On May 18, 1778, four hundred British officers and elite Philadelphians embarked on a regatta down the Delaware River. This aquatic procession kicked off the Meschianza, an extravagant fete to honor General William Howe (1729-1814) and his brother, Admiral Richard Howe (1726-99), on their departure from North America. General Howe’s army took control of Philadelphia in September 1777, and the British occupation of the city in 1777-78 featured a busy schedule of concerts, parties, and other entertainments. The Meschianza—which derives its name from mescolanza, the Italian word for “mixture” or “medley”—was the climax of this social season.
Organized by Major John André (1750-80), the Meschianza included a mock jousting tournament between two groups of British officers, the Knights of the Blended Rose and the Knights of the Burning Mountain, on the plain between the Delaware River and Walnut Grove (an estate near Fifth Street and Washington Avenue, later demolished to make way for the urbanization of South Philadelphia). After a procession through two triumphal arches, one in honor of each of the Howe brothers, the guests enjoyed dancing and fireworks, and then dined in a mirrored tent. The young, marriageable daughters of Philadelphia’s colonial elite—including Peggy Chew (1760-1824) and Rebecca Franks (1760-1823)—appeared in Turkish costumes, and enslaved Africans in turbans and sashes waited on the guests.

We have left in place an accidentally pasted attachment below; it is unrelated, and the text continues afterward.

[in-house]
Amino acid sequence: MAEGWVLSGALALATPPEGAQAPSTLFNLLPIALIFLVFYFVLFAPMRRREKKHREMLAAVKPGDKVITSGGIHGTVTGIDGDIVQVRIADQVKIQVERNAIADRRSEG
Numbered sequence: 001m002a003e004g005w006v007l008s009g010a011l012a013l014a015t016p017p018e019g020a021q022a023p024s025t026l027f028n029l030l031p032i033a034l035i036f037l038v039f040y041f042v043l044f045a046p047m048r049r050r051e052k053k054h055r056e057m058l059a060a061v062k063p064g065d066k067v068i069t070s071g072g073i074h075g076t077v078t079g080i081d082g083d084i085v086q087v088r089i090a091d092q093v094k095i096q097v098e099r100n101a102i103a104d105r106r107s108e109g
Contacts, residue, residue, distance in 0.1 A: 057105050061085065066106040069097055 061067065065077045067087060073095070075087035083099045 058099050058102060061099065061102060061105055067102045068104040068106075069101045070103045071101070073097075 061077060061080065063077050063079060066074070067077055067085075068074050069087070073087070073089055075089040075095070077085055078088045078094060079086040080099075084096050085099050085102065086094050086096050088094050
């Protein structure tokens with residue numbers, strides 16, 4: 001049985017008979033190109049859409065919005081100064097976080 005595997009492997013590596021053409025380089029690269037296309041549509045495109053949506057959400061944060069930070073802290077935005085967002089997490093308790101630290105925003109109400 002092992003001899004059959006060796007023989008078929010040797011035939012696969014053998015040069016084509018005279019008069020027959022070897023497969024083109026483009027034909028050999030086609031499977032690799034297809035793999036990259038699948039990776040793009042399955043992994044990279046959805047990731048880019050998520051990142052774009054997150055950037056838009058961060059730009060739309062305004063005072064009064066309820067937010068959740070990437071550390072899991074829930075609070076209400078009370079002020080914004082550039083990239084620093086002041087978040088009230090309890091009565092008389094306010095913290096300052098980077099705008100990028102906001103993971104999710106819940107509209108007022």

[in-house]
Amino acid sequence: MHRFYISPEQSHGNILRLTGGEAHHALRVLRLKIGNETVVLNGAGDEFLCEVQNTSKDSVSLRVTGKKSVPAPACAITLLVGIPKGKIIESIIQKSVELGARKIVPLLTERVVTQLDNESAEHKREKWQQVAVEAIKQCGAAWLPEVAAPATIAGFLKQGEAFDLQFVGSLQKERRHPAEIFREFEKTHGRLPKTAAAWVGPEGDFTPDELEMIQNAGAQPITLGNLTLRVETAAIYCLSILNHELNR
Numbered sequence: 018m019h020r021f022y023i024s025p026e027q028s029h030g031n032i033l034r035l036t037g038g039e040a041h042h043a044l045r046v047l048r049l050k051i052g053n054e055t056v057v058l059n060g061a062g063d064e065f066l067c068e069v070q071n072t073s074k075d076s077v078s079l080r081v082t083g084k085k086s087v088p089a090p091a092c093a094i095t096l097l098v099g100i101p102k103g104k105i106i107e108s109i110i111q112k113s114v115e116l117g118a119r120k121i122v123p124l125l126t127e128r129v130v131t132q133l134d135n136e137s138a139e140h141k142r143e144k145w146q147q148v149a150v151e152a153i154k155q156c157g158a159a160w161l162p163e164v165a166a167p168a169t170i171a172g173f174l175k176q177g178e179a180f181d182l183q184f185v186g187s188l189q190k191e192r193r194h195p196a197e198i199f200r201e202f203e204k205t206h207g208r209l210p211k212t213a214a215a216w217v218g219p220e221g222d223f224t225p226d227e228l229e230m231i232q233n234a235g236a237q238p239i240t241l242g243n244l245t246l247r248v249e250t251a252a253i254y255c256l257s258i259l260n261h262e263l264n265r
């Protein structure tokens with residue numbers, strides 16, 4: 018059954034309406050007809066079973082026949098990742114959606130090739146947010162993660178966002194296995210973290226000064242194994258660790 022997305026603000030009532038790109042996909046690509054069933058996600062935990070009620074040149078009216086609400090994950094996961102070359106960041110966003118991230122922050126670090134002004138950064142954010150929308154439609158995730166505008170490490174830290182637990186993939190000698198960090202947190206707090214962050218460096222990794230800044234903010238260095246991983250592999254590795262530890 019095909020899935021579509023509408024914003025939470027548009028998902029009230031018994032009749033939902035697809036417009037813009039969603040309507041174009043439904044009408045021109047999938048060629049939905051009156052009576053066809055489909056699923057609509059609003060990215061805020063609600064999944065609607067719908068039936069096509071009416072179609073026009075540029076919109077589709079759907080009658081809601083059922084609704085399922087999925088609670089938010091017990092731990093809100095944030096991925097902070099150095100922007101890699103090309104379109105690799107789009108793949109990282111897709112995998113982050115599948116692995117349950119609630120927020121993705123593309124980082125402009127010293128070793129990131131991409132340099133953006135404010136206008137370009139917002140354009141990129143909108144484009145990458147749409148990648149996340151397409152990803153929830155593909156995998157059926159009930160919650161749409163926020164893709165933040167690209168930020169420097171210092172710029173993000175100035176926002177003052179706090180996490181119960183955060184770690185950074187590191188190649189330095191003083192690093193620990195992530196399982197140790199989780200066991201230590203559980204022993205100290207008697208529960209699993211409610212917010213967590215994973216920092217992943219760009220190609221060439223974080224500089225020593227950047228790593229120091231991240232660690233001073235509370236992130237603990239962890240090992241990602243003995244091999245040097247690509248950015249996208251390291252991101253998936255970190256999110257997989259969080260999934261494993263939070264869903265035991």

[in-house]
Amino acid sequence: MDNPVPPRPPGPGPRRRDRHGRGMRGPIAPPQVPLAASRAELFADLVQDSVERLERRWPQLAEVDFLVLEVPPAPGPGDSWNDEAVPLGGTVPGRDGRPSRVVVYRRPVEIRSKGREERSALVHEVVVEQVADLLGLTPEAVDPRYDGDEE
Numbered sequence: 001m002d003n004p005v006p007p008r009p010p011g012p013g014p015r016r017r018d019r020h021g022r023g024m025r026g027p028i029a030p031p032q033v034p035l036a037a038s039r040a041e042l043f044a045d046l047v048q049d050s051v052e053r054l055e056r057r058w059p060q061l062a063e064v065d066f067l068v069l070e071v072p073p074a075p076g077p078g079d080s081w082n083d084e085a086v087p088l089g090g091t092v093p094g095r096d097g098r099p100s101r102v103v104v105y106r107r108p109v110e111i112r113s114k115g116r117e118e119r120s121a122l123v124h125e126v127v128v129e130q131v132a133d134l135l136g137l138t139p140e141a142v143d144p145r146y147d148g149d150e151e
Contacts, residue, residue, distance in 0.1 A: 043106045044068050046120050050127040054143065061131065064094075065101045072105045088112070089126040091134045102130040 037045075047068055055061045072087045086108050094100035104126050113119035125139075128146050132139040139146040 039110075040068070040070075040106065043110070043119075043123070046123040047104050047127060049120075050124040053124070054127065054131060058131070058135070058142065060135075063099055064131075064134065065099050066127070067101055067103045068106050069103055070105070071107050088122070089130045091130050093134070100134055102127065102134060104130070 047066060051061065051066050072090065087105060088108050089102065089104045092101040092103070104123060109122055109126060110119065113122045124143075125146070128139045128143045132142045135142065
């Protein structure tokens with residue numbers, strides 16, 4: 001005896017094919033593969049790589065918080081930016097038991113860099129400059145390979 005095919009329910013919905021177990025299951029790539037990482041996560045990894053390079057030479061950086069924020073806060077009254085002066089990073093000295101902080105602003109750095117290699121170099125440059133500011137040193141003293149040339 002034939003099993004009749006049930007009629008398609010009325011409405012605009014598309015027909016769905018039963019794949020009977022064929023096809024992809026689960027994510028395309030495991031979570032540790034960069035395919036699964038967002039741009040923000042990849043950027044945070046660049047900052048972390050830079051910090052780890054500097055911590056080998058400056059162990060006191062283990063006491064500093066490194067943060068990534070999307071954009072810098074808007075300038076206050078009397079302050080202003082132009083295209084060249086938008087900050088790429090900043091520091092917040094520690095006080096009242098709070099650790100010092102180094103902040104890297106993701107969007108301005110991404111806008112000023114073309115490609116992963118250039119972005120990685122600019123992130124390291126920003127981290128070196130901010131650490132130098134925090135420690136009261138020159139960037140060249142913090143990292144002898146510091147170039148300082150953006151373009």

The opulence of the Meschianza made it an easy target for patriotic satire. After the British defeat at the Battle of Monmouth in New Jersey, just six weeks after the Meschianza, General Anthony Wayne (1745-96) quipped: “The Knights of the Blended Rose & Burning Mount… have resigned their Laurels.”
Christian DuComb, Ph.D., is an assistant professor of theatre and English at Colgate University and the author of Haunted City: Three Centuries of Racial Impersonation in Philadelphia (Ann Arbor: University of Michigan Press, 2016).
Copyright 2015, Rutgers University
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Fuller, Randall. “Theatres of the American Revolution: The Valley Forge Cato and the Meschianza in their Transcultural Contexts.” Early American Literature. 34.2 (1999): 126-146.
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